How to set up a family
Establish your goals and audience
Determine and write down your goals for the program.
Having a clear set of goals helps clarify the program structure to better suit your needs and the needs of your community. It lays a clear foundation for talking to your grantees and their parents about the benefits of participating.. Below is an example of what an outline might look like. feel free to use or modify this example or get creative and write your own.
Educate future generations about the impact and importance of nonprofits and philanthropy on society.
Teach future generations how to do basic research about nonprofits and social impact.
Empower those without the means to have an impact on societal issues that matter most to them.
Determine your target group.
In the example documents here the target group is 10 to 18 year olds. There are plenty of materials for teaching philanthropy to a wide range of audiences through Learning to Give. This course on Teaching Philanthropy under the Develop Skills → Mini Courses section of their website is a great place to start.
Hands off granting programs, like this one, require parents to be directly engaged. Ensure they are interested and willing to work with their child/ren in building good research habits and understanding the impact of their grants. If the parents in your target community don’t feel confident teaching these skills or mentoring their child/ren, refer them to the above resources on teaching philanthropy. (The short course linked above should take about an hour and can be broken up).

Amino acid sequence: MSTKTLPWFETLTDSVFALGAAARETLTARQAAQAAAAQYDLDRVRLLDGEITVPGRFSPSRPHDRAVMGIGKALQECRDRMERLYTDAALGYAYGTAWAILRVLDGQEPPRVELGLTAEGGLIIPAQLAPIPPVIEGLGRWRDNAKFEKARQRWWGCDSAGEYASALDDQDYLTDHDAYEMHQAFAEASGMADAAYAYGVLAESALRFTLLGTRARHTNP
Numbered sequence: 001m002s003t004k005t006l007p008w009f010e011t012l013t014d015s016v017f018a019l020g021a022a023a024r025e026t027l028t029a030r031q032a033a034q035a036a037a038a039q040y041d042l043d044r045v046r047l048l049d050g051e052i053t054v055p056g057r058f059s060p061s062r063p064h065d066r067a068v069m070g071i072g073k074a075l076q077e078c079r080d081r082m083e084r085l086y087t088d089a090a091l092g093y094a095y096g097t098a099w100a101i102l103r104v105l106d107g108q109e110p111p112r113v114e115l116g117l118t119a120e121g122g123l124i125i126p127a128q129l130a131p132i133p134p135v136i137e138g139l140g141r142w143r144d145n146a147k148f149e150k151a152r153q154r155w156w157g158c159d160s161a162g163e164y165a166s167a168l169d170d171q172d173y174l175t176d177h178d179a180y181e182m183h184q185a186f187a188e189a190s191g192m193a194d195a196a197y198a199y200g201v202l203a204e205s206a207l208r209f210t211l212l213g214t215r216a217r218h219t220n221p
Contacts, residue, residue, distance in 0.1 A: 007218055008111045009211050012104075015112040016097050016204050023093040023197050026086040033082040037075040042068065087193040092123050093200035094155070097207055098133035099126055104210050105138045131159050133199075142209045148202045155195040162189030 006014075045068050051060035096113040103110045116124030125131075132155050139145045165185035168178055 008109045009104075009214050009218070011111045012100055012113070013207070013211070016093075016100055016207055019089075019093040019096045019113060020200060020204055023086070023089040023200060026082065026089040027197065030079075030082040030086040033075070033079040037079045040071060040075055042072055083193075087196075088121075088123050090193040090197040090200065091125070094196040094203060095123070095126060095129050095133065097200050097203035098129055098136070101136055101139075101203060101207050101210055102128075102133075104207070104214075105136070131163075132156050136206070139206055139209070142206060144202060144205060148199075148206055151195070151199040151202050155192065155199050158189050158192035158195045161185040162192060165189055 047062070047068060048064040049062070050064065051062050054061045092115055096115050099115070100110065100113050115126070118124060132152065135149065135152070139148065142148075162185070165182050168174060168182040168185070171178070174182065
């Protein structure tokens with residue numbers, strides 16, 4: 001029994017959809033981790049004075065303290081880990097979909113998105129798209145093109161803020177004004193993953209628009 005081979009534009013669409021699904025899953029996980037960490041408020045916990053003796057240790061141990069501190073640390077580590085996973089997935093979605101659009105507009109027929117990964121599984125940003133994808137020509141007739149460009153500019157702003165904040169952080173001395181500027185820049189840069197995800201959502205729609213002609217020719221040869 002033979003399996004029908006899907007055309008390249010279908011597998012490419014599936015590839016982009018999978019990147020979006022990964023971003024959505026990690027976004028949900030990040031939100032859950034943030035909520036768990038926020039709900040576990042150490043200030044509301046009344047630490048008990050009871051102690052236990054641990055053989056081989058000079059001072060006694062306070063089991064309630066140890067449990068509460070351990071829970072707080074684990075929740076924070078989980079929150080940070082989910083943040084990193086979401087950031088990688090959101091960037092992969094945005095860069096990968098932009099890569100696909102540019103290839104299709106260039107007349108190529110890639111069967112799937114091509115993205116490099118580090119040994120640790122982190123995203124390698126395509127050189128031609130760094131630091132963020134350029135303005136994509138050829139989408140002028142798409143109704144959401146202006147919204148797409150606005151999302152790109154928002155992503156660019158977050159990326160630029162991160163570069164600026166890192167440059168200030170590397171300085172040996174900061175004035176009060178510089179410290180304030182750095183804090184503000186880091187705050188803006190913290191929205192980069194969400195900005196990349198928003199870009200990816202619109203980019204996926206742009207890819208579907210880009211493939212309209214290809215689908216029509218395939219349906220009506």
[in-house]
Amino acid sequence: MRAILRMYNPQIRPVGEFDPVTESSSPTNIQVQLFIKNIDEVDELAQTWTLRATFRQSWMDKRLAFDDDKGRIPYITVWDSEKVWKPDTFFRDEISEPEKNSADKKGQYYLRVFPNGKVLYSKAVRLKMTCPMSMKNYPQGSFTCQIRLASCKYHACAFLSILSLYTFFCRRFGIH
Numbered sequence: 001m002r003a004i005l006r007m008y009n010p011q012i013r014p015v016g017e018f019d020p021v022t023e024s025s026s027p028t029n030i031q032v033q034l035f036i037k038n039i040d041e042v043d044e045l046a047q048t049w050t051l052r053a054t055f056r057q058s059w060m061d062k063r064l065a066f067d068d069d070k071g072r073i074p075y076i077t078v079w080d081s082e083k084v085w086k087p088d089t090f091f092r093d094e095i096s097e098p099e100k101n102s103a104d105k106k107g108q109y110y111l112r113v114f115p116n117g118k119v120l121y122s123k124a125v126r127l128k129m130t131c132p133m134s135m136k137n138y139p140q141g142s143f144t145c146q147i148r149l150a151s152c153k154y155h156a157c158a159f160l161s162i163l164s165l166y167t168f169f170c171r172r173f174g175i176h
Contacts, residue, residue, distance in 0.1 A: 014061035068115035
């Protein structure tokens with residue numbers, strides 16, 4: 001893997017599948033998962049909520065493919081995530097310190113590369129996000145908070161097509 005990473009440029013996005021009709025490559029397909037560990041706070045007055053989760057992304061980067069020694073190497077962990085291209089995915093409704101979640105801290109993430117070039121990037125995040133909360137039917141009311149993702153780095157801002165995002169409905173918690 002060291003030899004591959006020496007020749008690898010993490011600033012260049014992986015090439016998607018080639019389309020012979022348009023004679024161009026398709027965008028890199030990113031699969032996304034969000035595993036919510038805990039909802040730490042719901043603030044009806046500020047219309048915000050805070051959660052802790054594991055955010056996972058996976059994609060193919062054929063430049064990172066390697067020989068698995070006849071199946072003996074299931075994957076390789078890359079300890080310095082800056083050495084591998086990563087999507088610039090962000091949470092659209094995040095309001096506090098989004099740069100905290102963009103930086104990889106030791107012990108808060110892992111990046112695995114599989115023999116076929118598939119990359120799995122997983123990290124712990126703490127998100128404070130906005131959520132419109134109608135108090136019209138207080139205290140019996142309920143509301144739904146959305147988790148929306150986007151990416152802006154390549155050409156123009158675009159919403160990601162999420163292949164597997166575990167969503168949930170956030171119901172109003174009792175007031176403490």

Establish the granting fund
This is simply the pool of money that finances the grants your program is offering.. In the simplest form this could be a checking or savings account. An option that streamlines several aspects of bookkeeping (like tax reporting and donation of securities) is to use a Donor Advised Fund (DAF) like the ones offered by Fidelity Charitable. I used Fidelity Charitable but there are other companies that offer similar services. . Beyond streamlining taxes, these funds allow donations to be made in another’s name, making it easy to attribute the contributions to the youth making the grants. Fidelity Charitable Giving Account has no minimum contribution requirement. A DAF also makes it easy for others in your group, family, or community to donate to the program. Donations are considered charitable giving and are tax deductible at the time they’re made.
Set the program guidelines
The guidelines are the core of program operations and should clearly communicate procedures to all involved. Program guidelines will clarify when grants will be made and when any related, submissions, or tasks are due. These guiding rules and procedures also take into account any other constraints or artifacts that need to accompany submissions.
The program I established uses the following structure. Your program can follow this model or create your own.
Initial grant certificates with amounts for the year are given to youth participants on Thanksgiving.
Grantee selections are due by January 31st.
A valid submission requesting the grantee selected must include a 1 page essay explaining why the participants chose the given organization.
All children in my extended family, starting at the age of 10, are eligible to participate and given a grant certificate.
Year 1 grant is $100. Each year that a given youth participates their grant amount the next year increases by $100.
In February, the grants are made in the grantor’s names and a summary of the giving activity, along with links to the essays are shared with the extended family.
These guidelines are communicated to participants using this template letter, which is included with the certificate when the process starts.